15 Tips To Get More Out Of Your Paris Museum Visits
Do you know this feeling too? You start your research for your weekend trip, open up your internet browser and as soon as you start searching, there are so much fun and interesting events popping up, so much practical information, that you feel kind of overwhelmed and just don’t know where to start anymore. This is kind of what happened to us while doing our research for our upcoming visit to Paris recently. The French capital has so much on offer from a cultural and many other points of views, that making a choice what to do and which museum to pick is tricky, especially when you’d like to avoid missing out on something special.
There’s a huge number of museums and galleries with high quality art exhibitions, permanent and temporary ones, some for free, some at a cost, some in the open air, others only inside, plus, the city is huge, so it is impossible to see everything you’d like to see in only a couple of days and thus choices have to be made, somehow… Determined to make the best out of our Paris art weekend, we did further research into Paris’ museums and art scene, which resulted in this post with tips to get the most out of your Paris museum visits. Some of these tips are very Paris specific, others would just as much apply to visiting any other city.
With entrance fees up to fourteen Euros per museum costs for visiting museums in Paris can add up quickly. To save on these costs, there are a number of things you can do:
[dropcap]1[/dropcap]Visit Paris the first weekend of the month and plan your museum visits for Sunday. Many of Paris’ main museums – like the Centre Pompidou, the Musée d’Orsay and the Musée National Picasso – are free every first Sunday of the month. Even the Louvre, albeit only in low season from October to March. Check here for the list of the museums participating.
[dropcap]2[/dropcap]There are a number of museums free of charge every single day of the year. Think of the Musée d’Art Moderne de la Ville de Paris, the Maison Balzac and many more. Paris’ tourism board has a handy overview of the city’s free museums here.
[dropcap]3[/dropcap]Paris is not for nothing called one of the best art cities in the world (the best for sure?). Apart from a large number of museums, you’ll find an abundance of art galleries, which are generally of good quality – of course taste dependant – and free to visit.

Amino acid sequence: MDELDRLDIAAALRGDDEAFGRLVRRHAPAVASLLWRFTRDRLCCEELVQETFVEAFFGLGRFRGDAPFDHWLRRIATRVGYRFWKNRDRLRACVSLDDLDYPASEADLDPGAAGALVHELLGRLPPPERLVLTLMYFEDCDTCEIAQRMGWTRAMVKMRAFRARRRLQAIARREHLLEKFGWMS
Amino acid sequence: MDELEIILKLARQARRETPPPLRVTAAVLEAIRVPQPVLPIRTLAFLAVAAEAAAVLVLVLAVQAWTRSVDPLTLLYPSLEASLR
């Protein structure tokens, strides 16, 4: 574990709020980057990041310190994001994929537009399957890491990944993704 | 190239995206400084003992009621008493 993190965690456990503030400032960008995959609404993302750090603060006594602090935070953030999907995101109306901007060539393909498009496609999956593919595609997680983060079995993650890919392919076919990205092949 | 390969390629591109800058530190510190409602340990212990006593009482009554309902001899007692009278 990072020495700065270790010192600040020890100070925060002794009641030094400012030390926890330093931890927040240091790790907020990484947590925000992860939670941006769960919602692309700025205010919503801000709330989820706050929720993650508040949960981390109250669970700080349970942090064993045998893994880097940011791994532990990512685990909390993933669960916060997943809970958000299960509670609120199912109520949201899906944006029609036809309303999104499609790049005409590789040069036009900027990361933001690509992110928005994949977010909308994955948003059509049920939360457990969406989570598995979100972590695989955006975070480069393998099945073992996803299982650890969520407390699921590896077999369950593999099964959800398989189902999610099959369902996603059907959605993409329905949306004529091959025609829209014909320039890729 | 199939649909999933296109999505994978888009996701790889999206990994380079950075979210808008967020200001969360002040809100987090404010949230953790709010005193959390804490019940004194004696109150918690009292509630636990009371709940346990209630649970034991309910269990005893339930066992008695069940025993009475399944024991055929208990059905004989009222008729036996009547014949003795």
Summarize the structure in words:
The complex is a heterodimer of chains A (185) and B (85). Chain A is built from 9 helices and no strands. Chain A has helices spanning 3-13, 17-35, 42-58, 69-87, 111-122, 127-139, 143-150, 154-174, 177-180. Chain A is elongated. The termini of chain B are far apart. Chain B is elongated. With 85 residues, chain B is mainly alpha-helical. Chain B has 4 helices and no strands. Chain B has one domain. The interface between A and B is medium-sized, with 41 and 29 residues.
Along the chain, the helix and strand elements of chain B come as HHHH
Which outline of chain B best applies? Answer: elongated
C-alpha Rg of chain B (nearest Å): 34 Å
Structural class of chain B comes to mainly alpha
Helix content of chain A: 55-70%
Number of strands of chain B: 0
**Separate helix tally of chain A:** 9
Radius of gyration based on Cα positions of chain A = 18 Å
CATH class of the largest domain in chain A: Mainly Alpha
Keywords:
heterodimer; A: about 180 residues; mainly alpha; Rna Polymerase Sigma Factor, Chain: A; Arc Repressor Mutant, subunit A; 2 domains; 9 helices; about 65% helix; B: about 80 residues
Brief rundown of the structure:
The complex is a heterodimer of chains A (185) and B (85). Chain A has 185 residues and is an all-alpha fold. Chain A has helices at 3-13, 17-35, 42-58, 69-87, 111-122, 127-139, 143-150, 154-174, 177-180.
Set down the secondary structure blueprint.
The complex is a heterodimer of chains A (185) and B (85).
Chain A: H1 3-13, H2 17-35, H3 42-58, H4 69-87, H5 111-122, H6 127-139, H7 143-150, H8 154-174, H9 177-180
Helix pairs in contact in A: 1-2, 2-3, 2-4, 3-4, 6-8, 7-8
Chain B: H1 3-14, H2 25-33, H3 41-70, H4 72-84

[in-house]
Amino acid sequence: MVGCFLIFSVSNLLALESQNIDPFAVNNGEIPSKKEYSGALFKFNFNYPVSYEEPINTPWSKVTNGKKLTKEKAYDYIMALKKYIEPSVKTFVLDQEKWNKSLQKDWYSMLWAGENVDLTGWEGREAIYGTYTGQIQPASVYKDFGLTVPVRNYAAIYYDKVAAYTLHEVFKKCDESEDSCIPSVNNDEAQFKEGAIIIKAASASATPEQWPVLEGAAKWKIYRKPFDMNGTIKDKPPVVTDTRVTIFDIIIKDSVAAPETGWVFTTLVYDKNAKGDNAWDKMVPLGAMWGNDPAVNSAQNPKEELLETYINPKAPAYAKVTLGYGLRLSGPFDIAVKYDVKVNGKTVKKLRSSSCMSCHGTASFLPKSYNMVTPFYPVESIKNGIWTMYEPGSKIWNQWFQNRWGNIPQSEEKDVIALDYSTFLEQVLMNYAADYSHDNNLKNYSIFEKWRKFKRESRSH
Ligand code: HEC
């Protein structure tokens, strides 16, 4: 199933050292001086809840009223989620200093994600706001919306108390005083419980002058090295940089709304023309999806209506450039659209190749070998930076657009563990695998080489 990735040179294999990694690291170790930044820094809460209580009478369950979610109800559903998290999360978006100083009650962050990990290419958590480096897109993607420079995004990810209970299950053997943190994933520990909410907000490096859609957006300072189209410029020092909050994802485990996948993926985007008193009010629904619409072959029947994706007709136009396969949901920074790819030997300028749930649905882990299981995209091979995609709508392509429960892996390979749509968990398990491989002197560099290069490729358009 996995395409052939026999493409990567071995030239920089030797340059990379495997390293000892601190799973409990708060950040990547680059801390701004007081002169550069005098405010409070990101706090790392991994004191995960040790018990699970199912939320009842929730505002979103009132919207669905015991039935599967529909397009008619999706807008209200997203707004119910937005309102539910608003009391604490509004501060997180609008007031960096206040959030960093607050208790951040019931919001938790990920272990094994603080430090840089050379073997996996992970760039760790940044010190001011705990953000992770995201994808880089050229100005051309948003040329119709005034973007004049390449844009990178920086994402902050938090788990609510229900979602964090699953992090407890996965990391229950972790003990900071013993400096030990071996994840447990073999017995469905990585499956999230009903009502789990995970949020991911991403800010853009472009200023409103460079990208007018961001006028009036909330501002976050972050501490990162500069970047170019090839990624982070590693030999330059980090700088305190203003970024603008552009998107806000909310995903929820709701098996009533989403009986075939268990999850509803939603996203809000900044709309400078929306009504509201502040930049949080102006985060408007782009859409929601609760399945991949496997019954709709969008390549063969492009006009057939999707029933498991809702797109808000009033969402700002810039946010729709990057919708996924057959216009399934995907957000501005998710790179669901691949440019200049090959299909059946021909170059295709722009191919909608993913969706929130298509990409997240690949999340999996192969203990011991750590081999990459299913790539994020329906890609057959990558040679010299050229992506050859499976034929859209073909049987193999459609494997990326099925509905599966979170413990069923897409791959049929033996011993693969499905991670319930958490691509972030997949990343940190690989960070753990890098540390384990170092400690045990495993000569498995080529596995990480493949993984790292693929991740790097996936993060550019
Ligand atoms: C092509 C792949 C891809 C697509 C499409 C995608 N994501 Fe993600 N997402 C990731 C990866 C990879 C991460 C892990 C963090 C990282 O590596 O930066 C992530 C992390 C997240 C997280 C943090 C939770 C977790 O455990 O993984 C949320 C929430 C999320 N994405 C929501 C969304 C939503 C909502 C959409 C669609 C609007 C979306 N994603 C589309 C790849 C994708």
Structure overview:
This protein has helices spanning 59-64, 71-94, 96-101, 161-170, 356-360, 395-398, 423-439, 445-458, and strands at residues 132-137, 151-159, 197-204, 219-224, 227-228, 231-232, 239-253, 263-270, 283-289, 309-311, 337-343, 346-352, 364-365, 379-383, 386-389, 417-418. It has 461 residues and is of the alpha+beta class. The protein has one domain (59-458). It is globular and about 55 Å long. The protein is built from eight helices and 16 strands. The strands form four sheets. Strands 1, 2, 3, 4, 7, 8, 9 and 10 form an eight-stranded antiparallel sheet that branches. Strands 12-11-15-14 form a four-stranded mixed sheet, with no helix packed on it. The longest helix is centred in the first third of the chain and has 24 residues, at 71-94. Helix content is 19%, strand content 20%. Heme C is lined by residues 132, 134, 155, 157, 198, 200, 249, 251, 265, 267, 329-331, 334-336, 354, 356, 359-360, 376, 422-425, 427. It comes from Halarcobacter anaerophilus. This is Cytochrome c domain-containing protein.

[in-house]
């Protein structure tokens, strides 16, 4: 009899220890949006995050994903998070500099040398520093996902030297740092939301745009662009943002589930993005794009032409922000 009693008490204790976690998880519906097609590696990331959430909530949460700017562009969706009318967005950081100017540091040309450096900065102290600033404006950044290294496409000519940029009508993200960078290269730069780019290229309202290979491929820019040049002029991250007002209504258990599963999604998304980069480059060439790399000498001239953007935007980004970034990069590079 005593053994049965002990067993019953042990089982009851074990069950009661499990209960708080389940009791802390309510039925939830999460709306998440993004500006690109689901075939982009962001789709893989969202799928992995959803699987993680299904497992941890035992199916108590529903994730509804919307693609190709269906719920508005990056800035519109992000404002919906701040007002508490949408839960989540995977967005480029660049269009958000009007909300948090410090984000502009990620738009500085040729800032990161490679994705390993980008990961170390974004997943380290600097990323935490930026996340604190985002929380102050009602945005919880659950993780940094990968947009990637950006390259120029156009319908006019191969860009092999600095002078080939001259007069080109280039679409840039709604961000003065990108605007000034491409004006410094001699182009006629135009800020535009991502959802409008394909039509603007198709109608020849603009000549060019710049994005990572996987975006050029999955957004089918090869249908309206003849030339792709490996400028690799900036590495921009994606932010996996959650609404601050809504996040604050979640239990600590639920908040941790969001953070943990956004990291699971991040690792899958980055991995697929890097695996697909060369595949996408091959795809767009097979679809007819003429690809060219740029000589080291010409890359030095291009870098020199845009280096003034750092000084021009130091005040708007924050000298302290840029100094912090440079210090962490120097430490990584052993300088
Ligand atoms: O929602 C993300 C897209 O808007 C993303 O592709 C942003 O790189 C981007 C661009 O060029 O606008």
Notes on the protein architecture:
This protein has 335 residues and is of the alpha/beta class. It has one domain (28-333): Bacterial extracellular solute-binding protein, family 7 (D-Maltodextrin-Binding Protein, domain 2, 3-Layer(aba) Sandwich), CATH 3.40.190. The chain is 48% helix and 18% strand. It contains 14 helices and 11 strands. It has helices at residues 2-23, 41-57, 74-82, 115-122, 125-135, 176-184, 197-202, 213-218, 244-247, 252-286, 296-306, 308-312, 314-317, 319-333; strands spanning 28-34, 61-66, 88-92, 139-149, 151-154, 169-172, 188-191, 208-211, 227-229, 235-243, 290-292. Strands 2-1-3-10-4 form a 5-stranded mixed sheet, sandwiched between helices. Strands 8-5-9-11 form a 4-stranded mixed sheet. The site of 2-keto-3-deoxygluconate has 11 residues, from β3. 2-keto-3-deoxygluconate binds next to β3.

[dropcap]4[/dropcap]It’s not only inside where you’ll find the art. There are many open air places throughout Paris where you’ll find sculpture parks, art in public spaces and stunning architecture. Think only of the La Défense area, where modern architecture is combined with a sculpture route through the area, the Stravinsky fountain – by Niki de Saint Phalle and Jean Tinguely – and the Jardins de Tuileries, but there are many others.
[dropcap]5[/dropcap]When you’re mainly aiming for visiting the well-known museums like the Louvre and the Centre Pompidou and you can’t make use of the above free options, a good value deal is the Paris Museum Pass, at least when you visit more than four museums and/or monuments (based upon a 2-day card). Apart from being valid in a large number of museums, it’s also valid for some of the main tourist attractions, like the Arc de Triomph and the Notre Dame Cathedral. In our post Is The Paris Museum Pass Worth Your Money we evaluate when the pass is actually most valuable. For more details about the Paris Museum Pass click here.
Having saved some money, the next question is how to enjoy your Paris museum visits best:
[dropcap]6[/dropcap]If you really want to make the most out of your museum visit and don’t like to waste time queuing at the museum entrance (who does really?), book your entrance ticket online (as far as you don’t use the Paris Museum Pass, which apart from money, also saves you time queuing). More and more museums offer this possibility these days. Just check out the official museum website of a specific museum to find out. In many cases, the ticket purchase part of the websites are unfortunately still only available in French.